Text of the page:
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Angelina County Juvenile Center

County Juvenile

Last Updated: May 24, 2019
Address
705 Ellen Trout Drive | PO Box 222, Lufkin, TX 75902
Beds
11
County
Angelina
Phone
936-634-8689
Fax
936-634-8530
Email
mgorman@angelinacounty.net

Angelina County Juvenile Center is for County Juvenile offenders sentenced up to twelve months.

All prisons and jails have Security or Custody levels depending on the inmate’s classification, sentence, and criminal history. Please review the rules and regulations for County juvenile - low facility.

If you are unsure of your inmate's location, you can search and locate your inmate by typing in their last name, first name or first initial, and/or the offender ID number to get their accurate information immediately Registered Offenders

Satellite View of Angelina County Juvenile Center

Angelina County Juvenile Center basic information to help guide you through what you can do for your inmate while they are incarcerated. The facility's direct contact number: 936-634-8689

The Angelina County Juvenile Center is a medium to low-security detention center located at 705 Ellen Trout Drive | PO Box 222 Lufkin, TX that is operated locally by the Juvenile Justice Department and holds youths awaiting the determination of punishment for the crimes which they are accused. Most of the adolescents are here for less than two years.

The Texas Juvenile Probation Commission works in partnership with local juvenile boards and juvenile probation departments to support and enhance juvenile probation services.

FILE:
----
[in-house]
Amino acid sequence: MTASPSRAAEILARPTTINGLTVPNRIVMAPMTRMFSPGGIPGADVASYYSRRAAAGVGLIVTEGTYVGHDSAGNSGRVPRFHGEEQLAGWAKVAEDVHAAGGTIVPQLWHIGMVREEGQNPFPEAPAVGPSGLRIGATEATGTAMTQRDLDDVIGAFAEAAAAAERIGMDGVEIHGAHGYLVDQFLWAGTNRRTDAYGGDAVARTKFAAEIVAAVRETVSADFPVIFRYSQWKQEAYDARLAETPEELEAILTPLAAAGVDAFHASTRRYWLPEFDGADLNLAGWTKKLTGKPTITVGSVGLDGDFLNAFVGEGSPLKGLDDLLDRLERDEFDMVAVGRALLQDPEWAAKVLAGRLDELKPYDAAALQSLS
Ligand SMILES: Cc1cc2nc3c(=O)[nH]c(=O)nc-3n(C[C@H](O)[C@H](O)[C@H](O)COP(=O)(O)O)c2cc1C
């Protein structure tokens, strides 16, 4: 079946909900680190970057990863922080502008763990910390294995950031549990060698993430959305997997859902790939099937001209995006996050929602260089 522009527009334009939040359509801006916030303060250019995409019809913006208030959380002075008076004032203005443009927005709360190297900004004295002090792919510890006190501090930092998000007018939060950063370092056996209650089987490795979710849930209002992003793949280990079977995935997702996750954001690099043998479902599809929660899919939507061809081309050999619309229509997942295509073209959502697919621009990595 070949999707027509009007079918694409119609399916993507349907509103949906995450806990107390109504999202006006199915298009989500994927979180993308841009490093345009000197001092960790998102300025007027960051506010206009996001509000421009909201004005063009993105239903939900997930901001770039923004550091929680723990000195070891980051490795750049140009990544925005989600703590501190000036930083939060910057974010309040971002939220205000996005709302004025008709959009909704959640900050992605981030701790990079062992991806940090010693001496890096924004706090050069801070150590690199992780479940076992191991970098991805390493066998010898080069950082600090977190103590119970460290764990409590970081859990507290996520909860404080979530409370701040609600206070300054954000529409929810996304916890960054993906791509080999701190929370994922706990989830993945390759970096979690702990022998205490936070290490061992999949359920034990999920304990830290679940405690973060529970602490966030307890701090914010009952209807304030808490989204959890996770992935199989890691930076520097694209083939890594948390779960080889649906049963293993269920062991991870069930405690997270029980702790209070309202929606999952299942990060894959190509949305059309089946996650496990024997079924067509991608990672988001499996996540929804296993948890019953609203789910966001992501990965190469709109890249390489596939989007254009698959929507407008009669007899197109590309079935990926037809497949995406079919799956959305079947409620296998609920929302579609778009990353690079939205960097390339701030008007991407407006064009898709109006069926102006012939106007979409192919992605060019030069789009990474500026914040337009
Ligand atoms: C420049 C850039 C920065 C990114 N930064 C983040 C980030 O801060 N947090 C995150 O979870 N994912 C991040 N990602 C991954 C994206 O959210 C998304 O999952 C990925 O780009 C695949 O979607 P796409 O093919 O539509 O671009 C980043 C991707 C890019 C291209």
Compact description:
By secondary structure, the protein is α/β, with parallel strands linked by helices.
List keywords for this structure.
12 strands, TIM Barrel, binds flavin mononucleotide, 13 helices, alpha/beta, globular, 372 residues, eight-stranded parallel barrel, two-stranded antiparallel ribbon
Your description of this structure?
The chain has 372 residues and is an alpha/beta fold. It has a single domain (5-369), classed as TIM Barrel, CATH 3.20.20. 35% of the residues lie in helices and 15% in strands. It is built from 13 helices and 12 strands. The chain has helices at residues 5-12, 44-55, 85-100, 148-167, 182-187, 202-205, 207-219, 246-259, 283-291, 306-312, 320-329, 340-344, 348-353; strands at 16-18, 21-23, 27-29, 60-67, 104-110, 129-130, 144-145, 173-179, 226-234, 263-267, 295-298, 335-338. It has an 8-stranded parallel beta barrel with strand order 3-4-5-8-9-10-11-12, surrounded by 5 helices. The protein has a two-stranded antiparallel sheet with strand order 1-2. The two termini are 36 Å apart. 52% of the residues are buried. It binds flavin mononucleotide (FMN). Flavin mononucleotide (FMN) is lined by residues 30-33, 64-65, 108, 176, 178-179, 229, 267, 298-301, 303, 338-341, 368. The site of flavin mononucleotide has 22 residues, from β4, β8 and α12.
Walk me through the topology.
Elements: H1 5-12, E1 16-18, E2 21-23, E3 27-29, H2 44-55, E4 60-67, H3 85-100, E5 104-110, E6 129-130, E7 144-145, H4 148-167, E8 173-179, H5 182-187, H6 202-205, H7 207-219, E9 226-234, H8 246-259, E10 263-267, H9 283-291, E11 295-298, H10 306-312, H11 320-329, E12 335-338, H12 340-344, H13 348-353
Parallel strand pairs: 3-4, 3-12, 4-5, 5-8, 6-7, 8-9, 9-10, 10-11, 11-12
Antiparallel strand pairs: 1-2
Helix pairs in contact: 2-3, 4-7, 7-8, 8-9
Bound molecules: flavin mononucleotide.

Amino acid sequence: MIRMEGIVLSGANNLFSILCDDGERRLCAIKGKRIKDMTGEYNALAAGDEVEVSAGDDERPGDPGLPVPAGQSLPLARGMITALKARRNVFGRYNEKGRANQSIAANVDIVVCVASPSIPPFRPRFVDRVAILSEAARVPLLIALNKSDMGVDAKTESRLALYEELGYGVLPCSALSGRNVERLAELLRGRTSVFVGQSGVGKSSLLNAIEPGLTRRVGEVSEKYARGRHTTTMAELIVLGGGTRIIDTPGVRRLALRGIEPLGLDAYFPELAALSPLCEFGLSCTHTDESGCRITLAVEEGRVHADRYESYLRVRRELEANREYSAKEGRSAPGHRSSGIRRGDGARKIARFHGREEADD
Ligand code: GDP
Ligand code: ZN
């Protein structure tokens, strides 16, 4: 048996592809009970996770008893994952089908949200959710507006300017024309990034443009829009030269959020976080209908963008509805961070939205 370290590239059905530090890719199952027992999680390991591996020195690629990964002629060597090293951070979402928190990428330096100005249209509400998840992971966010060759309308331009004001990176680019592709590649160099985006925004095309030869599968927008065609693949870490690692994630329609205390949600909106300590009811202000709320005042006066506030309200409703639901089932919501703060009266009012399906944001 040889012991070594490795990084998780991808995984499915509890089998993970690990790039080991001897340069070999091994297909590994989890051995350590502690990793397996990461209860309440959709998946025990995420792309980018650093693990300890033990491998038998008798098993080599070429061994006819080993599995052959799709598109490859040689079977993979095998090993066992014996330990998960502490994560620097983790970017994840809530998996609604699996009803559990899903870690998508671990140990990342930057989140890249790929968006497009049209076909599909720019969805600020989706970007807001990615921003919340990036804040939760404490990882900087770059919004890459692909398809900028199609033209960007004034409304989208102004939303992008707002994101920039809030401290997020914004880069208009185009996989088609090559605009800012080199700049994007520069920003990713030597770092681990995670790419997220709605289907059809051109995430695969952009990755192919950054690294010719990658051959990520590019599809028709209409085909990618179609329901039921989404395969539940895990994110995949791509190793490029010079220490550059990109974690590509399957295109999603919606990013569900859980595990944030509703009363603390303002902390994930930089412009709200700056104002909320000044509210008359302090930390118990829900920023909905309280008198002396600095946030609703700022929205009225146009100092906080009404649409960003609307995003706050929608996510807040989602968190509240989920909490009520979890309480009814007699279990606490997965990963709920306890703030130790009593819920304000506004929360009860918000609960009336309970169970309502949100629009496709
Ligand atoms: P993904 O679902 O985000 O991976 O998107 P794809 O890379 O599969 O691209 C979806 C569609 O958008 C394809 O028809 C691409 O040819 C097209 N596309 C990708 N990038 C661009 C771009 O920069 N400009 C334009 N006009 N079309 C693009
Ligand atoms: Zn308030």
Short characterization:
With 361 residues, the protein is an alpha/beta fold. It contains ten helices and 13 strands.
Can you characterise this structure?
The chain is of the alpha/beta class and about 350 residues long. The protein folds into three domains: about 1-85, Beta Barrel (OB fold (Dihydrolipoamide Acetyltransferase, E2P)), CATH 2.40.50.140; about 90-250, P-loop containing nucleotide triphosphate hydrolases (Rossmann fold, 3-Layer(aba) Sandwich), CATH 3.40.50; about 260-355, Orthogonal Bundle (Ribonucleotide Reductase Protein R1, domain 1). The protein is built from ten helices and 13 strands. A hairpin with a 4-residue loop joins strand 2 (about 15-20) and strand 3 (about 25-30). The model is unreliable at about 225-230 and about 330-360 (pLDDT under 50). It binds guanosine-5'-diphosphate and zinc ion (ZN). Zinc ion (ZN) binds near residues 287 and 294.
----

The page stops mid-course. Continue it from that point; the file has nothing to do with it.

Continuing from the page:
If My Child Is Detained At A Juvenile Detention Facility, When Will My Child Have a Hearing? A child is entitled to have a detention hearing by the second working day after the child is taken into custody. If the child is detained on a Friday or Saturday, the hearing will be on the first working day after the child is taken into custody. Reasonable notice of the time, place and purpose of the hearing must be given to the parents, guardian or custodian if they can be found. If a child has no parent, guardian or custodian present at the hearing, the judge will appoint a person to assist the child at the hearing (i.e., a guardian ad litem).

Will I Be Allowed To Speak During My Child’s Court Case? Yes. During the adjudication hearing the guilt or innocence of the child is determined. Parents are not allowed to speak during this hearing unless they are a witness or called upon by the court. The disposition hearing is where the court determines what the final result of the case will be. A parent, guardian or custodian has the right to submit to the court a parental written statement on a form provided by the juvenile probation department. The parent can also make an oral statement at the disposition hearing.

What Are A Parent’s Responsibilities In The Juvenile Justice System? As a parent, guardian or custodian of a child whose case is in the Texas juvenile justice system, you have certain responsibilities. Attendance at your child’s hearings is required by law under Section 51.115 of the Family Code. You also have a responsibility to help your child comply with any court-ordered conditions of release from detention or conditions of probation imposed by the court to the best of your ability. A juvenile court may order a parent, guardian or custodian to do certain things. You have a responsibility to abide by any court orders directed at you, including bringing your child to court as directed.